Lactic acid buildup in muscles causes the soreness you experience after a workout. Lactic acid, a waste product of the conversion of glycogen into energy, accumulates when your body experiences oxygen depletion. This occurs primarily during anaerobic exercise such as weight lifting or sprints, unaccustomed vigorous exercise or if you overexert during aerobic exercise. Conditioning your body with regular exercise makes it adapt to meet its oxygen needs. In time, less lactic acid will form in your muscles. Cooling down with light activity and static stretches gets rid of excess lactic acid.
Exercise regularly. Perform both aerobic exercise and strength training each week. Aim for 20 to 30 minutes of aerobics daily, such as walking, rowing, jogging or aerobic dance, and at least two 20-minute sessions of weight lifting per week. You'll experience less excess lactic acid through regular exercise than if you only workout sporadically.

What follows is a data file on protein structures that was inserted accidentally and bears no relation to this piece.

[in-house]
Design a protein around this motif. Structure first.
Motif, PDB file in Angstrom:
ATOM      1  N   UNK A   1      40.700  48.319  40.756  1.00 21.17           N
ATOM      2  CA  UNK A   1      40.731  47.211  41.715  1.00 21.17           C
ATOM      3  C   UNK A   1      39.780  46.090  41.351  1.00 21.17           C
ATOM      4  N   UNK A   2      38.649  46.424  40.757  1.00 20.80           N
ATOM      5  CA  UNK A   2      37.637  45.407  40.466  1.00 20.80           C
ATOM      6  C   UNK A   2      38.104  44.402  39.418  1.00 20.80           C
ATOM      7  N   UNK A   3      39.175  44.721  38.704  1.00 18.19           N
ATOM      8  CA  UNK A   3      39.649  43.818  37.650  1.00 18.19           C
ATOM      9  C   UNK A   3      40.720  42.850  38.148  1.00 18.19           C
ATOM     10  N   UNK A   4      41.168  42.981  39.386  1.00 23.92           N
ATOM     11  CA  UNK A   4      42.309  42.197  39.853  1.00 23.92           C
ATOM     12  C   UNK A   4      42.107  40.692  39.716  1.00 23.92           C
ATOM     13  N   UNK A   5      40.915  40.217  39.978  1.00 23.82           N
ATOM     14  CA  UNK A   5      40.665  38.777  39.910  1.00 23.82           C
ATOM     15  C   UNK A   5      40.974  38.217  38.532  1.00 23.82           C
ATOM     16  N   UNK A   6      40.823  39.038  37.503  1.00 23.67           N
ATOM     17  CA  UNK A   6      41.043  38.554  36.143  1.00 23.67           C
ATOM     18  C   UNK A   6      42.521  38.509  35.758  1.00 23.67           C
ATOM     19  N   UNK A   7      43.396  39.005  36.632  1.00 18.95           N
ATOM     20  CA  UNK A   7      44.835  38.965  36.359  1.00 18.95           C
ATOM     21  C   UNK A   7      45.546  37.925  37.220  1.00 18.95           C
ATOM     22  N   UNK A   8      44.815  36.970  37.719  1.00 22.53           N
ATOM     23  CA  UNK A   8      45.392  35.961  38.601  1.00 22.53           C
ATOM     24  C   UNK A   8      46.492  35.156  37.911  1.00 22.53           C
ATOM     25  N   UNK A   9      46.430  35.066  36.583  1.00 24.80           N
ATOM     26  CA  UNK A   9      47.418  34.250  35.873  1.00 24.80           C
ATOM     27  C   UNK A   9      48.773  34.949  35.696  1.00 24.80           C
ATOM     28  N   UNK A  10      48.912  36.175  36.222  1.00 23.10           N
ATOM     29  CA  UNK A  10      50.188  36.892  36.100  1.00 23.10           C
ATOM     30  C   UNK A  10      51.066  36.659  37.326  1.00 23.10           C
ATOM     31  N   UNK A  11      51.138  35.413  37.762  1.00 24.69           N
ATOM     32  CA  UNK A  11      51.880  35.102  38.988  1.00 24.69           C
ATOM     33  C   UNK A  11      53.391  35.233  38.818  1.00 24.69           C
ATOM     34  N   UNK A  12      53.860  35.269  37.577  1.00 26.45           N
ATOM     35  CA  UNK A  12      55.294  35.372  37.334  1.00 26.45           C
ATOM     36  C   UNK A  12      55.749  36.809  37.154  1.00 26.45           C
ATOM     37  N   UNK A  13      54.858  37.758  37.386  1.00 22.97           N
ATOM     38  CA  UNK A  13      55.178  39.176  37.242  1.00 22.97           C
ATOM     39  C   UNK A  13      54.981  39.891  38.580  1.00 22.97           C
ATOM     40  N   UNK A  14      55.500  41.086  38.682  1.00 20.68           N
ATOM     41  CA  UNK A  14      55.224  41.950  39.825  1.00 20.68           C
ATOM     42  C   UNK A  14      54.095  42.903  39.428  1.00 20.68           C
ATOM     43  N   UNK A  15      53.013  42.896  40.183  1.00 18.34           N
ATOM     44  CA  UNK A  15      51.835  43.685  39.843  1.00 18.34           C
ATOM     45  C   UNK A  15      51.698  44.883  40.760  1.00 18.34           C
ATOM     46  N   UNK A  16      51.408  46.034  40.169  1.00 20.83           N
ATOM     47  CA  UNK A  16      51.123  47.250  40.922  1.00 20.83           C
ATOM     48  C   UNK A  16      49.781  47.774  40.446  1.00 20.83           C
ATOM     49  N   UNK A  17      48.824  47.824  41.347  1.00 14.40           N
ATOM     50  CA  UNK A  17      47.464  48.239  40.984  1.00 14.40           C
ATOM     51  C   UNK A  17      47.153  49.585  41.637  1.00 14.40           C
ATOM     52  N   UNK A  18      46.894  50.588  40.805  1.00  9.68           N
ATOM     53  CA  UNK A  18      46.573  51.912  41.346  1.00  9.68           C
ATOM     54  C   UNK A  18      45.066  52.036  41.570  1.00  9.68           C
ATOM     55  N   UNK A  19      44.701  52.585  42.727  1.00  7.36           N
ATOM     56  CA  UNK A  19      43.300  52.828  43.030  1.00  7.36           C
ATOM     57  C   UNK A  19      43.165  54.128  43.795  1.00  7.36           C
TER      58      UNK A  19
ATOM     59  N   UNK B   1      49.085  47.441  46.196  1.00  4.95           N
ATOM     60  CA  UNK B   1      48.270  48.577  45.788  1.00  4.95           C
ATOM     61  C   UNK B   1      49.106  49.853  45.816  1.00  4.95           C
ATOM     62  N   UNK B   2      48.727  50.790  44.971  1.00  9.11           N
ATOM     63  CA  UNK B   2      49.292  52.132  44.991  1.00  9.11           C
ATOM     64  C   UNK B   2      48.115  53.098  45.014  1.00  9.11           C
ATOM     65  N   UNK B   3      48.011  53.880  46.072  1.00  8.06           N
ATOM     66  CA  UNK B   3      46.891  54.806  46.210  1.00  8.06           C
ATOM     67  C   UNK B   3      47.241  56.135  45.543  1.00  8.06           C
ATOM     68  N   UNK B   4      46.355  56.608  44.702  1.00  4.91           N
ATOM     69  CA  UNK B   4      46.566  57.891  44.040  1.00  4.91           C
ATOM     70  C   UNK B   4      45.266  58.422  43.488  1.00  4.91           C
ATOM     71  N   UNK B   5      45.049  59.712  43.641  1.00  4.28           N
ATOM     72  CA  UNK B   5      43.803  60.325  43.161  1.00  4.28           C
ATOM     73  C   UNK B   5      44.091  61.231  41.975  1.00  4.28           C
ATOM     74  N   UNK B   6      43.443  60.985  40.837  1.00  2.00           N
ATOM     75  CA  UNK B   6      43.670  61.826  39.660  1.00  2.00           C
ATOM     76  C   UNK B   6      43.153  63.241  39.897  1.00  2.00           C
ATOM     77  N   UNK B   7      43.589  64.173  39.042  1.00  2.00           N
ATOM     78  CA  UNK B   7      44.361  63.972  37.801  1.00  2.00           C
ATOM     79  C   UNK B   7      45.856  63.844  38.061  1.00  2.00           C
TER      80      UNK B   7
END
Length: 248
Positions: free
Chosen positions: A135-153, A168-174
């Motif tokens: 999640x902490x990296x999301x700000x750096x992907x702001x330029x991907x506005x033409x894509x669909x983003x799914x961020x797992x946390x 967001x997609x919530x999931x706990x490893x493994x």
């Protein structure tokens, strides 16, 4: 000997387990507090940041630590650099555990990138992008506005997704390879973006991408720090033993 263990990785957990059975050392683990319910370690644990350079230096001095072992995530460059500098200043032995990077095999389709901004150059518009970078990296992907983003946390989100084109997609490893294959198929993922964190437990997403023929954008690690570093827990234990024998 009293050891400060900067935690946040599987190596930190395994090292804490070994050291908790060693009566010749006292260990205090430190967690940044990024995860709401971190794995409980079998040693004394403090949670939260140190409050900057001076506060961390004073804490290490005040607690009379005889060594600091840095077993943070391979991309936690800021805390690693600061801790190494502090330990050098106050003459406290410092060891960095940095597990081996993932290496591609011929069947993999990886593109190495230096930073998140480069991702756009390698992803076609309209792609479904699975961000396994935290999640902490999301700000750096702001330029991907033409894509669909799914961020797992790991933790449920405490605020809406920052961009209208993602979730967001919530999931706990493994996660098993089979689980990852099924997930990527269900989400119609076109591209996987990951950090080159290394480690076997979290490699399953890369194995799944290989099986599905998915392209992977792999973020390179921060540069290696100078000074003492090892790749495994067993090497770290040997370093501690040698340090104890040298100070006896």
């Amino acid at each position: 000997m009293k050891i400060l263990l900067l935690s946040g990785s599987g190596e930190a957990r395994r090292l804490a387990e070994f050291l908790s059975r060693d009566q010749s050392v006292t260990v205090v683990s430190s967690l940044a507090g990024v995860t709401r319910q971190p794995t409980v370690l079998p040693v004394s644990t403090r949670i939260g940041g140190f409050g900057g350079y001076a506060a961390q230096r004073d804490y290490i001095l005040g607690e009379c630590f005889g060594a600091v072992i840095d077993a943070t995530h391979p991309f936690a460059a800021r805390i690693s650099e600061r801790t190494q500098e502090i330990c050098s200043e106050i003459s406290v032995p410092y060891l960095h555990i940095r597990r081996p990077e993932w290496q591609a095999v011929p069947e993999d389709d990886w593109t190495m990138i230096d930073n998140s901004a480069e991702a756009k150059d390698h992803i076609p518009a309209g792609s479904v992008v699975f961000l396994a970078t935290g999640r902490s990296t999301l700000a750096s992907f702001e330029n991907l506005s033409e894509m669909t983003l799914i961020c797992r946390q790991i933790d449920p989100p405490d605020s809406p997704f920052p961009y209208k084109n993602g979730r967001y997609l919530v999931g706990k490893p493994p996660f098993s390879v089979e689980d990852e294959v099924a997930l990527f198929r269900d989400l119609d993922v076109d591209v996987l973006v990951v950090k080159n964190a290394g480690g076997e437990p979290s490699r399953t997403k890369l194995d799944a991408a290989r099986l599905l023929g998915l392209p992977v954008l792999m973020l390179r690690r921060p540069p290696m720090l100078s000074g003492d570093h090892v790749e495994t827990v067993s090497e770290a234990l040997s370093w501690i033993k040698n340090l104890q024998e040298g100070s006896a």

Cool down at the end of your workout. In swimming, perform a recovery swim at a slow pace. After power walking, jogging, or lifting weights, walk at a slow pace. Cool down for five minutes or until your heart rate returns to normal. Cooling down gets rid of lactic acid in muscles.
Perform static stretches. After you cool down, perform static stretches. Stretch the muscles you've been using by reaching as far as you can and holding the stretch. For example, put one foot on a bench and lean over from the waist. Grasp your foot or as close as you can reach and hold the position for a slow count of 10. This stretches your hamstrings. Static stretches get rid of excess lactic acid in your muscles.
Check that you can talk comfortably during aerobic exercise. If you're out of breath, you're working anaerobically and your muscles produce more lactic acid. Don't bounce when you stretch. Taking a bath with Epsom salts can help relieve muscle soreness.
Consult your doctor about any medical concerns. Start slow on your exercise program if you've been inactive.